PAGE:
Buck Island Reef National Monument

Buck Island Reef National Monument was established by Presidential proclamation in 1961, and expanded in 2001, in order to preserve "one of the finest marine gardens in the Caribbean Sea." The 176-acre island and surrounding coral reef ecosystem support a large variety of native flora and fauna, including several endangered and threatened species such as hawksbill turtles and brown pelicans. The elkhorn coral barrier reef that surrounds two-thirds of the island has extraordinary coral formations, deep grottoes, abundant reef fishes, sea fans and gorgonians.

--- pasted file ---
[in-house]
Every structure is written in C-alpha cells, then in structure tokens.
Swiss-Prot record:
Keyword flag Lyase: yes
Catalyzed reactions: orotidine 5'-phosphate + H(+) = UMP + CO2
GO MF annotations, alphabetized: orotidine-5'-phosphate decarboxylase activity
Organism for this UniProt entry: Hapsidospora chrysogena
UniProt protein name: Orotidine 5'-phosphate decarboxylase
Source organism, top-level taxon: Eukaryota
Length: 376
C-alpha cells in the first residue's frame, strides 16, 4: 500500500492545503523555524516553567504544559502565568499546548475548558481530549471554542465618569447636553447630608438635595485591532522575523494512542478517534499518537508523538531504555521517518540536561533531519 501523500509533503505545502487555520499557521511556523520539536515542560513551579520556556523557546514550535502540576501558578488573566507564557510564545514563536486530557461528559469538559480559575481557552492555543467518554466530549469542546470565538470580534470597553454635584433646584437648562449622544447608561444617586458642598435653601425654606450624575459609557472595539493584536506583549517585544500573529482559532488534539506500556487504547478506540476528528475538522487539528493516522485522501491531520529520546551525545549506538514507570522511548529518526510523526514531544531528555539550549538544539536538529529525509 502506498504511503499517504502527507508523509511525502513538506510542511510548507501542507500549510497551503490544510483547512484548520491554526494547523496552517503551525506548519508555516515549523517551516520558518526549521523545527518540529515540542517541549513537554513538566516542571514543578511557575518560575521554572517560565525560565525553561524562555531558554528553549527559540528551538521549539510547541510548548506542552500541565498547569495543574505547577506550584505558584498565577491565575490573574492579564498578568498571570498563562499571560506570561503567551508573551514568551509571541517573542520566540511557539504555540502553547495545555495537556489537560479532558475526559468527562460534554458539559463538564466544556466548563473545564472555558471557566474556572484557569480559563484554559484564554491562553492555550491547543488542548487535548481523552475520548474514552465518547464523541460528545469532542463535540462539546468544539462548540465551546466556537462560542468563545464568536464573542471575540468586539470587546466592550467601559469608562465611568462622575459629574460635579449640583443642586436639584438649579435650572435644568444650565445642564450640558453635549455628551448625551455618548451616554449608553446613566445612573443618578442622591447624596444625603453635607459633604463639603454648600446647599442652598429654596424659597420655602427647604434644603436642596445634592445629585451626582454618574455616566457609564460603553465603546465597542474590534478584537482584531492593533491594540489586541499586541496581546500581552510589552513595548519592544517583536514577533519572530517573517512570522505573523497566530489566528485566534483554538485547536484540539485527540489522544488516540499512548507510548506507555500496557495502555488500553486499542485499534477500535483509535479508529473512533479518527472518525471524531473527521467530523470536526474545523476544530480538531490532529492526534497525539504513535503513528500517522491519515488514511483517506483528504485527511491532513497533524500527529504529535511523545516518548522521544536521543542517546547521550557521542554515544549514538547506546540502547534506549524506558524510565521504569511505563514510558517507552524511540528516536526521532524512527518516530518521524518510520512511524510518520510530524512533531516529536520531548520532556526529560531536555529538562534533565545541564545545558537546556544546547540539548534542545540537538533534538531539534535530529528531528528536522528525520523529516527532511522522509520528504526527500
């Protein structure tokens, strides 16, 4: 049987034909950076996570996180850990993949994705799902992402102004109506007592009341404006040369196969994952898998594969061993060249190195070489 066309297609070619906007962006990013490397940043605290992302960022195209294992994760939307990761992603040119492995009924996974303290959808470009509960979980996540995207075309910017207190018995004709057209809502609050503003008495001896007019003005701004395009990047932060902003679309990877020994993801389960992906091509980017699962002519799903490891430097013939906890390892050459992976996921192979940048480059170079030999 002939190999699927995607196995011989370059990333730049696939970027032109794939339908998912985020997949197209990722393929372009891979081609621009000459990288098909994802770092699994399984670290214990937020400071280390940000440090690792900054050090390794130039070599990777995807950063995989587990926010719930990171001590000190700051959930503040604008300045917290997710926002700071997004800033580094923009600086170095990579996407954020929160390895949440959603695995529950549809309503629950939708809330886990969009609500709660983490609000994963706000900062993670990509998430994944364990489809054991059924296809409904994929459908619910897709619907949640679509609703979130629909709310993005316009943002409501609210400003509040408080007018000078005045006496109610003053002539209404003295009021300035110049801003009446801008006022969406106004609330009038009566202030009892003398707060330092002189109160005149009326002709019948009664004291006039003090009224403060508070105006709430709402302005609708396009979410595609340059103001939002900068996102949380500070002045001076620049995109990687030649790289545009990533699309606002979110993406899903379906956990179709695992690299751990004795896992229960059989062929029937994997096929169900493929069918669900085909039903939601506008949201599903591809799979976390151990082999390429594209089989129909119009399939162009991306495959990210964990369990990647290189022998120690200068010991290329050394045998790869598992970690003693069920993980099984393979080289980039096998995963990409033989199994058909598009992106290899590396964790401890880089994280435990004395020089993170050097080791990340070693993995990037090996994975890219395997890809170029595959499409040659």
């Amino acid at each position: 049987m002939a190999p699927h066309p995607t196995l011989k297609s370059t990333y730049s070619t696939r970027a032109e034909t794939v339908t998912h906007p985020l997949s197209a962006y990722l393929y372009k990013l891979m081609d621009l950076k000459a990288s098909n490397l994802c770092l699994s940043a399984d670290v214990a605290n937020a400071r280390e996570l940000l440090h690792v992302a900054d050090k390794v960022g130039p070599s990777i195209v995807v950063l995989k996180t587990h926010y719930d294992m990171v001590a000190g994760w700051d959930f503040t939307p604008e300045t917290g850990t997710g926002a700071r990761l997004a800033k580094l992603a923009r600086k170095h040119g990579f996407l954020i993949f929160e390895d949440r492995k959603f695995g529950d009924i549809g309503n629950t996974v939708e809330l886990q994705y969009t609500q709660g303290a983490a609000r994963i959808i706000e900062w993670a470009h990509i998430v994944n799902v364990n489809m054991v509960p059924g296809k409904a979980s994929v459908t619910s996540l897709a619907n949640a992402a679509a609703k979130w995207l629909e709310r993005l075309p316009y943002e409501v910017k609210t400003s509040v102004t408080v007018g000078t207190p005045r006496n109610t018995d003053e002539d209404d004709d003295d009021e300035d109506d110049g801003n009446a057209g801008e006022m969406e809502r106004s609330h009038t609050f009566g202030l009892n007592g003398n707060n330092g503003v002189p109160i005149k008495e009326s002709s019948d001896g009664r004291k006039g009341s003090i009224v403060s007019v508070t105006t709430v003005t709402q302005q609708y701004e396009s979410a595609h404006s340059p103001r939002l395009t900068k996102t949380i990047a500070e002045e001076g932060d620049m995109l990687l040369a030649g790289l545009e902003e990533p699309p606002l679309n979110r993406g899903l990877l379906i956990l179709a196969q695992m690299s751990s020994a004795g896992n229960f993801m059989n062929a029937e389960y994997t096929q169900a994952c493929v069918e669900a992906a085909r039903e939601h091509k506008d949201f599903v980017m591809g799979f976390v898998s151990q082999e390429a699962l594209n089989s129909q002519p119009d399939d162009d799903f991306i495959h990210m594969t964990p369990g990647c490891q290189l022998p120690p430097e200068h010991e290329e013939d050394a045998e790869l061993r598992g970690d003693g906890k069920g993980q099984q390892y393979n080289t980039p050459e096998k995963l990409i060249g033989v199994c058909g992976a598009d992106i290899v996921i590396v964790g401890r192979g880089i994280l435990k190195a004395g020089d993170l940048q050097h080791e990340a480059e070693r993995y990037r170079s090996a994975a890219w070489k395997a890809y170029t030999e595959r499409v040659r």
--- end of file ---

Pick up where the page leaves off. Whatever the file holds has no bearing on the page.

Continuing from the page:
At the eastern most point of the reef is the famous underwater trail; both novice and expert snorkelers will enjoy the passages through the reef. The island has an overland nature trail and white coral sand beaches. Visitors can take daily trips to the park for half or full day. Once there they can enjoy a leisurely swim in the crystal clear waters, or snorkeling or SCUBA diving through the fantastic reef to witness tropical marine life, or hike over the island enjoying native flora and fauna while getting a birds-eye view of the reef and sea below.

 

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